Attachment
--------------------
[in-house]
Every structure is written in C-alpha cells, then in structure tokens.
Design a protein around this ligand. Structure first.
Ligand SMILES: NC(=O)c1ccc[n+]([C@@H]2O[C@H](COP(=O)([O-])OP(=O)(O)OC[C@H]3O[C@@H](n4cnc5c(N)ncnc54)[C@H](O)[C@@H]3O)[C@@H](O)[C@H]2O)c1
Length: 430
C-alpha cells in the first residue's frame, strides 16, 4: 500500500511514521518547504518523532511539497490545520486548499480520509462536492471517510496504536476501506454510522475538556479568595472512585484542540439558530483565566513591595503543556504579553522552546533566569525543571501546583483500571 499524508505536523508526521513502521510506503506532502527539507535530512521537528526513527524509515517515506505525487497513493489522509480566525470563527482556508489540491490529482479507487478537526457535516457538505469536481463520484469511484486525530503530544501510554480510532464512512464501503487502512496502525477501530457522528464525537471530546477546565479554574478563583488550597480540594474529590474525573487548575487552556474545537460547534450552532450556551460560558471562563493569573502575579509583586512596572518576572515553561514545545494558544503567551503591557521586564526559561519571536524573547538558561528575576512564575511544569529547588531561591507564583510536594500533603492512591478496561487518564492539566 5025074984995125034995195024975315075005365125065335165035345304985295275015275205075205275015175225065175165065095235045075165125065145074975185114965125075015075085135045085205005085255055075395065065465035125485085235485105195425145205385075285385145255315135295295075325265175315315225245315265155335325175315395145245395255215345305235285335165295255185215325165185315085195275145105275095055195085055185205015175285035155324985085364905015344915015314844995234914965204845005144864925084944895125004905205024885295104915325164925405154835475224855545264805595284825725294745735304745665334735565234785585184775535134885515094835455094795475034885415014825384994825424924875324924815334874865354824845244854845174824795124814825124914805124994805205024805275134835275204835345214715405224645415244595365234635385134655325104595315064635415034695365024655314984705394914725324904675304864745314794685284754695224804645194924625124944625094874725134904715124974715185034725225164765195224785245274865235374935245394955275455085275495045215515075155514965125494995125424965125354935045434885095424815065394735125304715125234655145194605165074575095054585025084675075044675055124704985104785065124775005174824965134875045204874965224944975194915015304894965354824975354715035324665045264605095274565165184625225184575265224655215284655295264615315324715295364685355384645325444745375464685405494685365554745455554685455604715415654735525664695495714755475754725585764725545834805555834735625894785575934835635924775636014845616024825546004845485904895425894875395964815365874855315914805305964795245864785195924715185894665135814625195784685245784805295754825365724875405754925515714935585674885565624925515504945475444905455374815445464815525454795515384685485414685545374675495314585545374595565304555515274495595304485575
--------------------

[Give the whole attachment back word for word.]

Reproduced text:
[in-house]
Every structure is written in C-alpha cells, then in structure tokens.
Design a protein around this ligand. Structure first.
Ligand SMILES: NC(=O)c1ccc[n+]([C@@H]2O[C@H](COP(=O)([O-])OP(=O)(O)OC[C@H]3O[C@@H](n4cnc5c(N)ncnc54)[C@H](O)[C@@H]3O)[C@@H](O)[C@H]2O)c1
Length: 430
C-alpha cells in the first residue's frame, strides 16, 4: 500500500511514521518547504518523532511539497490545520486548499480520509462536492471517510496504536476501506454510522475538556479568595472512585484542540439558530483565566513591595503543556504579553522552546533566569525543571501546583483500571 499524508505536523508526521513502521510506503506532502527539507535530512521537528526513527524509515517515506505525487497513493489522509480566525470563527482556508489540491490529482479507487478537526457535516457538505469536481463520484469511484486525530503530544501510554480510532464512512464501503487502512496502525477501530457522528464525537471530546477546565479554574478563583488550597480540594474529590474525573487548575487552556474545537460547534450552532450556551460560558471562563493569573502575579509583586512596572518576572515553561514545545494558544503567551503591557521586564526559561519571536524573547538558561528575576512564575511544569529547588531561591507564583510536594500533603492512591478496561487518564492539566 5025074984995125034995195024975315075005365125065335165035345304985295275015275205075205275015175225065175165065095235045075165125065145074975185114965125075015075085135045085205005085255055075395065065465035125485085235485105195425145205385075285385145255315135295295075325265175315315225245315265155335325175315395145245395255215345305235285335165295255185215325165185315085195275145105275095055195085055185205015175285035155324985085364905015344915015314844995234914965204845005144864925084944895125004905205024885295104915325164925405154835475224855545264805595284825725294745735304745665334735565234785585184775535134885515094835455094795475034885415014825384994825424924875324924815334874865354824845244854845174824795124814825124914805124994805205024805275134835275204835345214715405224645415244595365234635385134655325104595315064635415034695365024655314984705394914725324904675304864745314794685284754695224804645194924625124944625094874725134904715124974715185034725225164765195224785245274865235374935245394955275455085275495045215515075155514965125494995125424965125354935045434885095424815065394735125304715125234655145194605165074575095054585025084675075044675055124704985104785065124775005174824965134875045204874965224944975194915015304894965354824975354715035324665045264605095274565165184625225184575265224655215284655295264615315324715295364685355384645325444745375464685405494685365554745455554685455604715415654735525664695495714755475754725585764725545834805555834735625894785575934835635924775636014845616024825546004845485904895425894875395964815365874855315914805305964795245864785195924715185894665135814625195784685245784805295754825365724875405754925515714935585674885565624925515504945475444905455374815445464815525454795515384685485414685545374675495314585545374595565304555515274495595304485575